Bloomberg Addresses Problems with Ed Schools
The Bloomberg administration with yet another bold step to address one of the biggest problems in our educational system: the terrible mediocrity and complete lack of accountability for ed schools:
Mayor Michael R. Bloomberg has used data to rate restaurants, track the repair of potholes and close lackluster schools in New York City. Now he is bringing his results-oriented approach to an area far outside his usual purview: teacher colleges.
In an effort to shake up institutions that have been criticized as too insular and inert, his administration released scorecards for a dozen teacher-preparation programs in the city.
Public and private education schools are being evaluated in various ways, including how many graduates are certified in high-needs areas like special education and whether their teachers have been able to increase student test scores.
The release of the scorecards places the city at the forefront of a national effort, backed by the Obama administration, to use data to upend the teaching profession and the pathways to it. Critics have said subpar teaching programs too often hamper school systems, churning out graduates familiar with theory but lacking in practical classroom skills. A study by the National Council on Teacher Qualityreleased in June argued that teaching colleges were too lenient in their admissions criteria and had not adequately prepared teachers in subjects like reading, math and science.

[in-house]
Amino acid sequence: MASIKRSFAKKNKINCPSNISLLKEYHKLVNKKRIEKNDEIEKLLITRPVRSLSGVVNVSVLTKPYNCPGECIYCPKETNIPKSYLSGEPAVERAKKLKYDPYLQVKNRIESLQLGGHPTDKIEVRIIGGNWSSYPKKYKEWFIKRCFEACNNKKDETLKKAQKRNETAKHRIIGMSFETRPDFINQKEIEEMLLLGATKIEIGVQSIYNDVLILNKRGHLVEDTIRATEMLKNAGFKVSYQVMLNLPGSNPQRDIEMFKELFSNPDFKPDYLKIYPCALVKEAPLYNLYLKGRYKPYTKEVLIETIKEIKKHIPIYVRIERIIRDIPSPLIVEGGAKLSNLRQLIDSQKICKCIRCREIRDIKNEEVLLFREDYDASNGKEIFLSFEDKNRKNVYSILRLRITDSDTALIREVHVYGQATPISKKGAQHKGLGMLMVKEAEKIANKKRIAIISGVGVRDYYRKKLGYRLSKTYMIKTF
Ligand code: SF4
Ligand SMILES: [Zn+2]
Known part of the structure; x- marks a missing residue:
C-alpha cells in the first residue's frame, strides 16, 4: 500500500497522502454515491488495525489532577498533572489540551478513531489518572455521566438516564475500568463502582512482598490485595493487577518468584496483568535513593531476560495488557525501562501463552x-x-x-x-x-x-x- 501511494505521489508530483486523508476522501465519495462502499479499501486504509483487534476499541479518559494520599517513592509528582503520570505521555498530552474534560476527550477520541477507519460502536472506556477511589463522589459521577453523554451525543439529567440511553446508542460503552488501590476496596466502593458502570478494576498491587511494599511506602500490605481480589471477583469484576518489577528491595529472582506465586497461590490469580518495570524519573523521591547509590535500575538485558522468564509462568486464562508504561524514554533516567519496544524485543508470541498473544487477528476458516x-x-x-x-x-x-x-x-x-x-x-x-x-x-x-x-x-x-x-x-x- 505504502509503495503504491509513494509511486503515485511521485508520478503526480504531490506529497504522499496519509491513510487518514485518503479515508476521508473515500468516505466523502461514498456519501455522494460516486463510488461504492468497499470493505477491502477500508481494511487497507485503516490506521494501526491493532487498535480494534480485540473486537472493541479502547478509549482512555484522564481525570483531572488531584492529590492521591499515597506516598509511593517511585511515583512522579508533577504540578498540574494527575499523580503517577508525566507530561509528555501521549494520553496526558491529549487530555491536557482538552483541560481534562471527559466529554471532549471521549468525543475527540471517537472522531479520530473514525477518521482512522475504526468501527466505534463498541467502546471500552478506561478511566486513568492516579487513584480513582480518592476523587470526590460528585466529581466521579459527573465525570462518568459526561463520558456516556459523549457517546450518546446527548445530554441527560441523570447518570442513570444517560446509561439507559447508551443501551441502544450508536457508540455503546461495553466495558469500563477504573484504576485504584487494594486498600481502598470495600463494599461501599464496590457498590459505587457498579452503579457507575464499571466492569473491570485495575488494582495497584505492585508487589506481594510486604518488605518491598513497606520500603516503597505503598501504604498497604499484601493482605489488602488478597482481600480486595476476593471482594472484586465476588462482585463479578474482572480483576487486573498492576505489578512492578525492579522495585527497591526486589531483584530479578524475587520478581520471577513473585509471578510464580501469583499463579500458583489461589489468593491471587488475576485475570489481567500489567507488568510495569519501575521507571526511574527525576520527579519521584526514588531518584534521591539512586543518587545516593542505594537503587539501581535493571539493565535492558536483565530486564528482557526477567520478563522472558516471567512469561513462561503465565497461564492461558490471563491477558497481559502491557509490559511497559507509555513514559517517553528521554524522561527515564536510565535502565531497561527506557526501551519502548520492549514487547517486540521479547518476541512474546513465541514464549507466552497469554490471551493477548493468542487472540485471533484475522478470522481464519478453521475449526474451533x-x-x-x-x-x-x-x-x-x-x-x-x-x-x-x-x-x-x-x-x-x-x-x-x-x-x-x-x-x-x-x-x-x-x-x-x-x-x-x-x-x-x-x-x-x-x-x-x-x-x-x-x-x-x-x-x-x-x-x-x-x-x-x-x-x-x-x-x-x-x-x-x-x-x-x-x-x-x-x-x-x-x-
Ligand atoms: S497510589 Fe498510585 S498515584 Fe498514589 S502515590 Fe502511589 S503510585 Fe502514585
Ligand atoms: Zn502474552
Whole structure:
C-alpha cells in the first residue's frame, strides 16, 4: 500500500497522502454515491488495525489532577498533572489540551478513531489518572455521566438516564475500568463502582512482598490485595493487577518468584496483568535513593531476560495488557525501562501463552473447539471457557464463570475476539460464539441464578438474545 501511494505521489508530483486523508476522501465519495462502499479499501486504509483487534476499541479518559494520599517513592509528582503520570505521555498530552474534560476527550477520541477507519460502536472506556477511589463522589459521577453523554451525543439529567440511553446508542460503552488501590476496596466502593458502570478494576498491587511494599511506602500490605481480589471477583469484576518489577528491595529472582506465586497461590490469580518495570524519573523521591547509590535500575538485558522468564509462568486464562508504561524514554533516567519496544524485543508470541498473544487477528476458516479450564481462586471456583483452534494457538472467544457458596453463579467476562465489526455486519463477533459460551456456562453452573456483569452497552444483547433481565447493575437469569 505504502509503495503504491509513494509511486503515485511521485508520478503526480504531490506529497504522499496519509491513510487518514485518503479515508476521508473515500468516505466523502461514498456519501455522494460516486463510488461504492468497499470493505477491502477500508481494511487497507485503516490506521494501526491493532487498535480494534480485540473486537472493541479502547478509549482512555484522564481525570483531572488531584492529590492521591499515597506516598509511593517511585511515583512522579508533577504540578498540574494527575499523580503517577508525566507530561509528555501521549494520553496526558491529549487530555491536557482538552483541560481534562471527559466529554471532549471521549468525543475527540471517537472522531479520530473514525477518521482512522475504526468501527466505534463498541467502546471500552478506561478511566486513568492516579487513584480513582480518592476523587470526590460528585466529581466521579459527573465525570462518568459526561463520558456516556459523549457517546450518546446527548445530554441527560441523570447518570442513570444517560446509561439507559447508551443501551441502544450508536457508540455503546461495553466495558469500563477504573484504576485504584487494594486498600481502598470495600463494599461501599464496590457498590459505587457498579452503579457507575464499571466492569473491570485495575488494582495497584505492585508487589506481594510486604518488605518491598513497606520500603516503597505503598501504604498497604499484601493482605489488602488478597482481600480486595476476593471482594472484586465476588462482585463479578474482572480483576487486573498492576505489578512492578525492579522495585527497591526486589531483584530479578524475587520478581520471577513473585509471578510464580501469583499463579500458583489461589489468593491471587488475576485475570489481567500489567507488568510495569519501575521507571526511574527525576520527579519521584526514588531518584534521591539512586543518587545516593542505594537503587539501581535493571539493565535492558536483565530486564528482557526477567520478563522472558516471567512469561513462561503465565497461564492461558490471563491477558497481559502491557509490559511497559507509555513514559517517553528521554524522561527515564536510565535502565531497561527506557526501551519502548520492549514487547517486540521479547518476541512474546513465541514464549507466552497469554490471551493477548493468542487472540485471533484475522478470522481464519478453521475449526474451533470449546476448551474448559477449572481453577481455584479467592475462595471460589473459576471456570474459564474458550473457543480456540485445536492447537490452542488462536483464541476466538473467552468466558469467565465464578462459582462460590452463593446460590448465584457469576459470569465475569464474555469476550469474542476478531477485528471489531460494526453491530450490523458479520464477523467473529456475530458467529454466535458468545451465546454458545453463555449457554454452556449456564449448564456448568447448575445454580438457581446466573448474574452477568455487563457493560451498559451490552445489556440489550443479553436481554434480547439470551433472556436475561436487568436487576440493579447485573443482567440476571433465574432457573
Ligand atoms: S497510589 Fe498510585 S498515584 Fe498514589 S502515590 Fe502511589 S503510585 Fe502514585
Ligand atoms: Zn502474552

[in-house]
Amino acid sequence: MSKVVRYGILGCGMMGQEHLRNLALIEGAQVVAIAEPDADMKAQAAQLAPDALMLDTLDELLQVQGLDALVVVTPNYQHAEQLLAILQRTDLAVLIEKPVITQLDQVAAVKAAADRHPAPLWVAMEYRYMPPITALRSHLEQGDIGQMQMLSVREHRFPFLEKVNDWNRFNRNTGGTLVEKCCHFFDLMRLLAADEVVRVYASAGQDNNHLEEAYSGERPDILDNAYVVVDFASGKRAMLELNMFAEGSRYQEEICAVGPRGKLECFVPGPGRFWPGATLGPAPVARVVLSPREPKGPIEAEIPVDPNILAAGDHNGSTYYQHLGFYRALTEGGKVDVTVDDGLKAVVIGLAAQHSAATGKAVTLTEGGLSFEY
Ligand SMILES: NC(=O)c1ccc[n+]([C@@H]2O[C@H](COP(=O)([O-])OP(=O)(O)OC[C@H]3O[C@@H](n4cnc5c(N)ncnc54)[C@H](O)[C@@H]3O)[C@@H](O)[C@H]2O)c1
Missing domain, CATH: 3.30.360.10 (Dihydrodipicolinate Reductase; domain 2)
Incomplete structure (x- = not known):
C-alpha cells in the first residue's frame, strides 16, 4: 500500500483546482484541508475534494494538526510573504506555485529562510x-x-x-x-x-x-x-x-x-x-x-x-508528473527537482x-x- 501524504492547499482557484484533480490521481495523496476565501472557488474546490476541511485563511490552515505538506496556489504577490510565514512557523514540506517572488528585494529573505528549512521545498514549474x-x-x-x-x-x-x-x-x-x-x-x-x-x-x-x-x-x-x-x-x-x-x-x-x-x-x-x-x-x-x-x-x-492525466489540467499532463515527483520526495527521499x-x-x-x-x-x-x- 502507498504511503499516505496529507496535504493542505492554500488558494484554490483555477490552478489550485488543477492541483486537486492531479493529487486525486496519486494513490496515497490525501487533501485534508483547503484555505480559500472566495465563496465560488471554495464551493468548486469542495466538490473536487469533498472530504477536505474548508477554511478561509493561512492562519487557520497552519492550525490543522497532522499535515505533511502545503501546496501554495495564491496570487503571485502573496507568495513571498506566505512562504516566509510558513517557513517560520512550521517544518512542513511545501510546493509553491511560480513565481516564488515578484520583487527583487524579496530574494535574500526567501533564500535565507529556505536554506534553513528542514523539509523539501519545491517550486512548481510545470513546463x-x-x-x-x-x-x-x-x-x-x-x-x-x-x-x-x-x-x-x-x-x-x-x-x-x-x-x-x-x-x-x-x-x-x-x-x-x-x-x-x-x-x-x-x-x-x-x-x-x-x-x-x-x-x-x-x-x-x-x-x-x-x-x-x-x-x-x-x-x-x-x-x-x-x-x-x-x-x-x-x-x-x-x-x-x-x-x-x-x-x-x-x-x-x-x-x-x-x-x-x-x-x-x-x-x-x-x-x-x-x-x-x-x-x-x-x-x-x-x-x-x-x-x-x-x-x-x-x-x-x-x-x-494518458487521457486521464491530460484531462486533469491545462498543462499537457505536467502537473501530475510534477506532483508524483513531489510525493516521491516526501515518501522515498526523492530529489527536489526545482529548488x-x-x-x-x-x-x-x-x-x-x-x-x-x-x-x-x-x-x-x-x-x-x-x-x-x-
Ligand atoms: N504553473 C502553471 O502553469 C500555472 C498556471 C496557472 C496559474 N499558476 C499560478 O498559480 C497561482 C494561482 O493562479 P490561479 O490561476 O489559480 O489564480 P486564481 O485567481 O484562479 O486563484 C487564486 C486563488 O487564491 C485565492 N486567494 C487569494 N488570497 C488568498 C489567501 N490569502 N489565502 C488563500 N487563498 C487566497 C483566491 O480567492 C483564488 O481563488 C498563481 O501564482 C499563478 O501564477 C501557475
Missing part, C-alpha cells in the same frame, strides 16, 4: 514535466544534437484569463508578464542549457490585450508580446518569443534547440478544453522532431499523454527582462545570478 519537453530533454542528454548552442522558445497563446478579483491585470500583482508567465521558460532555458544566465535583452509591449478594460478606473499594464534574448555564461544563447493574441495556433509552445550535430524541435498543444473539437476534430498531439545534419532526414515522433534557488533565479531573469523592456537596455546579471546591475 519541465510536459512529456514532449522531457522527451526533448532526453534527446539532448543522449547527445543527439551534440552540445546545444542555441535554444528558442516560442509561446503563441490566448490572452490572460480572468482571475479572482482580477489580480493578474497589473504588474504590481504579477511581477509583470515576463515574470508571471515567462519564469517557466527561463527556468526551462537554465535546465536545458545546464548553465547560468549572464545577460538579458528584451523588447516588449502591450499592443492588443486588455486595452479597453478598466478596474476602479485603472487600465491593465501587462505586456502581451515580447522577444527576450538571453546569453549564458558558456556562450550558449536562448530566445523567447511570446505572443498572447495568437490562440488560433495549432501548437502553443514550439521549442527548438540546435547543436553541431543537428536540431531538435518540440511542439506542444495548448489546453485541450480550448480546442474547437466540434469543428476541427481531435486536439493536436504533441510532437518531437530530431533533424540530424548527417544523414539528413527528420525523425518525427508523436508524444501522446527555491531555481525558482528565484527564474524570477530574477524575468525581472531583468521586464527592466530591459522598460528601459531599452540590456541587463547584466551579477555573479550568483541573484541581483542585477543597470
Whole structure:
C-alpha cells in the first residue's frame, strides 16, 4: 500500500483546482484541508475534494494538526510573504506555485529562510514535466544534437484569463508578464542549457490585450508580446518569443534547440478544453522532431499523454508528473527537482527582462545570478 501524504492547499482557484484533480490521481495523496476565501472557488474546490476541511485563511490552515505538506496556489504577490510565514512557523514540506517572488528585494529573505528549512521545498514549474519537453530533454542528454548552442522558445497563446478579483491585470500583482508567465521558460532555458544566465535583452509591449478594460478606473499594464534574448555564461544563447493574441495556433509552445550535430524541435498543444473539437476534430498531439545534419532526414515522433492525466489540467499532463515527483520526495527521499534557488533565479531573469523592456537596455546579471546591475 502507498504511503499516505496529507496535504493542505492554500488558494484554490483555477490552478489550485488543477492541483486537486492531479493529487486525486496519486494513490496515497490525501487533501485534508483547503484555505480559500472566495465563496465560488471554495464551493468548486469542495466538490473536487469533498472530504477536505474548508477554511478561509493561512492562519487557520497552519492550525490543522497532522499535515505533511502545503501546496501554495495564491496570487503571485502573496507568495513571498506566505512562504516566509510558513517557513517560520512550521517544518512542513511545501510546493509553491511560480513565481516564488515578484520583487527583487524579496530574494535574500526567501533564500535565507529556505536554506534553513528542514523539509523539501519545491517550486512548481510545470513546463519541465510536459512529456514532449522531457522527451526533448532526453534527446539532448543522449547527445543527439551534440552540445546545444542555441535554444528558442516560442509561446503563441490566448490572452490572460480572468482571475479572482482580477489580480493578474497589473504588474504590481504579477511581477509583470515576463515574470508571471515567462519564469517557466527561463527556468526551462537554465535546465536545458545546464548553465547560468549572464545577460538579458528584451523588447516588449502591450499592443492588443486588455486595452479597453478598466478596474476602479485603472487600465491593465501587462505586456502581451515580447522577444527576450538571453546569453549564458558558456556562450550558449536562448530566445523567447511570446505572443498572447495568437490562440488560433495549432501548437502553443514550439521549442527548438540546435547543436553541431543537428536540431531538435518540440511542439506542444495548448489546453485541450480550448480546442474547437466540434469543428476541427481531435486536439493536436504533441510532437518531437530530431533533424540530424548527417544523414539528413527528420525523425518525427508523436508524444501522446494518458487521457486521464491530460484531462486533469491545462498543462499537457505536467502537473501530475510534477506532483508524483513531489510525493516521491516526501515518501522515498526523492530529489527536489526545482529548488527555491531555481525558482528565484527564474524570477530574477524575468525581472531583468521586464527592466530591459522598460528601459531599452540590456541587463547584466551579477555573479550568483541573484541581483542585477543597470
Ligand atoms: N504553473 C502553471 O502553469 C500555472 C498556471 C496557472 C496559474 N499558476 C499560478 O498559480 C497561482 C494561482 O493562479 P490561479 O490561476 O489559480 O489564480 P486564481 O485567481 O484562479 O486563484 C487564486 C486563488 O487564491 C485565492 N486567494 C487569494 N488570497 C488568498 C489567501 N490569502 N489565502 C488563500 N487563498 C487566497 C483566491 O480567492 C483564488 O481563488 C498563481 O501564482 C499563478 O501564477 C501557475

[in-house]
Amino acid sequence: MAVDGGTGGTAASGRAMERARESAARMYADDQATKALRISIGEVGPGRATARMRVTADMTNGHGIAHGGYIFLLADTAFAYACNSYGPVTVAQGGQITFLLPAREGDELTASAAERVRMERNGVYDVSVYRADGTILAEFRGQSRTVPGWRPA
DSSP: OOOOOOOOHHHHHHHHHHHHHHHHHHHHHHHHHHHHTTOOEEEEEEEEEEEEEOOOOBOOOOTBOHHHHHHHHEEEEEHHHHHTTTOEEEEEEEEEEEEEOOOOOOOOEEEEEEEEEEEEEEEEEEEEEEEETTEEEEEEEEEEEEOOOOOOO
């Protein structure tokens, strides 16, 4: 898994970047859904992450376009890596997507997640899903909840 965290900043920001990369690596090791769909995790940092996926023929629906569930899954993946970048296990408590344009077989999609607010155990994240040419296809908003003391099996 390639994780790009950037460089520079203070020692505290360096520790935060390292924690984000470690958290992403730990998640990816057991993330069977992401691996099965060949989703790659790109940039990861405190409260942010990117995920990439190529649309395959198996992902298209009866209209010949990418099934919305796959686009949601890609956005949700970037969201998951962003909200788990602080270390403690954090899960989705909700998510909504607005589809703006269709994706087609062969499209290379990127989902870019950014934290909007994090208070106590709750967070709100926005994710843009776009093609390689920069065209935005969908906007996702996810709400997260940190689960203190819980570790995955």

The results released Columbia University and New York University were given low marks for how much they were able to improve student test scores; by contrast, 1 in 10 teachers who graduated from City College of New York received poor marks. showed that even some of the country’s most prestigious programs have room for improvement. For example, one in five recent graduates of teaching programs at